The coast is peppered with quaint fisherman’s cottages, and the village has a number of beautiful restaurants try – with some, of course, specialising in local seafood. Fossils can be uncovered on the beach, with rock pools housing crabs, shrimp and small fish.
Robin Hood’s Bay is one of the truly iconic villages in Yorkshire, with evidence of man residing there dating all the way back to 3000 years ago in the Bronze Age.
The bay is famous for its fishing, and its red-roofed fisherman’s cottages are a popular stop for photos. A popular beach for dog walks and more along the Yorkshire Coast it is one to visit.
While the village may be small, the place is bursting with history, with many believing that Robin Hood came to the village to fend off the pirates who came to steal the fisherman’s boats. Explore the seaside, shops and cafes on the beach front and discover shipwrecks along the coast.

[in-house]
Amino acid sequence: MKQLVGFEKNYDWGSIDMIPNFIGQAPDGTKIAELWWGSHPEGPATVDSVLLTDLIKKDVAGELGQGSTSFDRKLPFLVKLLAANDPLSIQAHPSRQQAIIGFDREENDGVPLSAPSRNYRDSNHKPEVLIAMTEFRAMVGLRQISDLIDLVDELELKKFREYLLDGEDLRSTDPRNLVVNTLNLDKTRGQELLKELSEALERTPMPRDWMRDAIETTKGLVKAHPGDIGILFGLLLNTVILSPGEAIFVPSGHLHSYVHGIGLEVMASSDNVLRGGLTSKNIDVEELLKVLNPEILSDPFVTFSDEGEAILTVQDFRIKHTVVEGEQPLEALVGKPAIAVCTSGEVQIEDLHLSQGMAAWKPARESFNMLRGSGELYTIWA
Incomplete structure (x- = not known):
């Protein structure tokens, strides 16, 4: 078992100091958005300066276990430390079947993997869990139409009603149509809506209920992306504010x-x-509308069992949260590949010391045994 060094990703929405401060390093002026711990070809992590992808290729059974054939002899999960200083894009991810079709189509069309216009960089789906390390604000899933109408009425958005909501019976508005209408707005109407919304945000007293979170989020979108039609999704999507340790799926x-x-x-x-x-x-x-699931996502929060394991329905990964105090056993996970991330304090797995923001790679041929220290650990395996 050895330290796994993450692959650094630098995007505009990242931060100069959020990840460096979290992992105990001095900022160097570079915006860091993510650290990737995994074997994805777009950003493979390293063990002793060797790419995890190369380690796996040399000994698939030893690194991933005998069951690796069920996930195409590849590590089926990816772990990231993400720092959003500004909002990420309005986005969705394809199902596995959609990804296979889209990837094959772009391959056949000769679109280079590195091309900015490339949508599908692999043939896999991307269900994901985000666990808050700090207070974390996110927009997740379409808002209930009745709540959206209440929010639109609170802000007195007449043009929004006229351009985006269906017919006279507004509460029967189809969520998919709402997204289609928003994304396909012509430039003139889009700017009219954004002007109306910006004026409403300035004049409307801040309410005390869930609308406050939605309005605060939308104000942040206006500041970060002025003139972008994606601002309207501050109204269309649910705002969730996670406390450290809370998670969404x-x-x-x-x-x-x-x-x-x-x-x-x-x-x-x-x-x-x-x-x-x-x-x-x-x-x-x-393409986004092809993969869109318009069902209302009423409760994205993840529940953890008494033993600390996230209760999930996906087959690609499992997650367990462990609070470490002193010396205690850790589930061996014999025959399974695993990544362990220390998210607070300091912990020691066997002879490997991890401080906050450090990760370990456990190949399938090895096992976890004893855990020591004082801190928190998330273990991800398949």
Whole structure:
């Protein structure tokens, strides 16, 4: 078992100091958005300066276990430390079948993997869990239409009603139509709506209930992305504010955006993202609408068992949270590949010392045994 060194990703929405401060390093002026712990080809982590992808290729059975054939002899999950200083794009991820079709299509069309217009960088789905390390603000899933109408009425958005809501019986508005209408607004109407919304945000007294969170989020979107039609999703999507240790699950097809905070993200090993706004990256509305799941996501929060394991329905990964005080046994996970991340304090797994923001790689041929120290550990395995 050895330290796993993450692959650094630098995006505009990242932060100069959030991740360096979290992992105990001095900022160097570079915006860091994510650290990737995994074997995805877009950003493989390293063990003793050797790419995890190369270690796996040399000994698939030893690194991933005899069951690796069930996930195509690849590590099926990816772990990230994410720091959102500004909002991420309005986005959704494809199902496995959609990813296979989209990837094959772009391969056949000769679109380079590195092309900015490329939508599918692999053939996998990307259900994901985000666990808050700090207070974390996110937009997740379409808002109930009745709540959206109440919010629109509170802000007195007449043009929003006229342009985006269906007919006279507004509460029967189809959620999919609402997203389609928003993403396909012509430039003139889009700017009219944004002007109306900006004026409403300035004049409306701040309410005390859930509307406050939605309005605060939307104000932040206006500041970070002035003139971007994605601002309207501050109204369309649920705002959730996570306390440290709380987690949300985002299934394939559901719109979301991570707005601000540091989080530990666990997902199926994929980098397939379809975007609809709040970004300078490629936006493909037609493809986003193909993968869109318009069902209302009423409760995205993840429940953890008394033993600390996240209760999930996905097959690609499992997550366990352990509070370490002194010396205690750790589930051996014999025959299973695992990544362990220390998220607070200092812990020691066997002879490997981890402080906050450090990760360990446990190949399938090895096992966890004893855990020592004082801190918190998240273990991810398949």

North of Rotherham towards Barnsley, Wentworth village transports visitors to an old-feeling world, with some beautiful heritage spots to visit.
The place is home to the Fitzgerald Wentworth estate, which has a significant mining history and a pretty landscape to explore.
Other attractions include stately home Wentworth Woodhouse, the village’s cruck cottages, follies and the picture-perfect Paradise Square – a wonderful spot for a few snaps.
Levisham is a remote village set in the North York Moors, with a population reported to be less than 100 people. The Yorkshire destination is well known for its steam heritage, with steam trains still passing through for visitors to enjoy.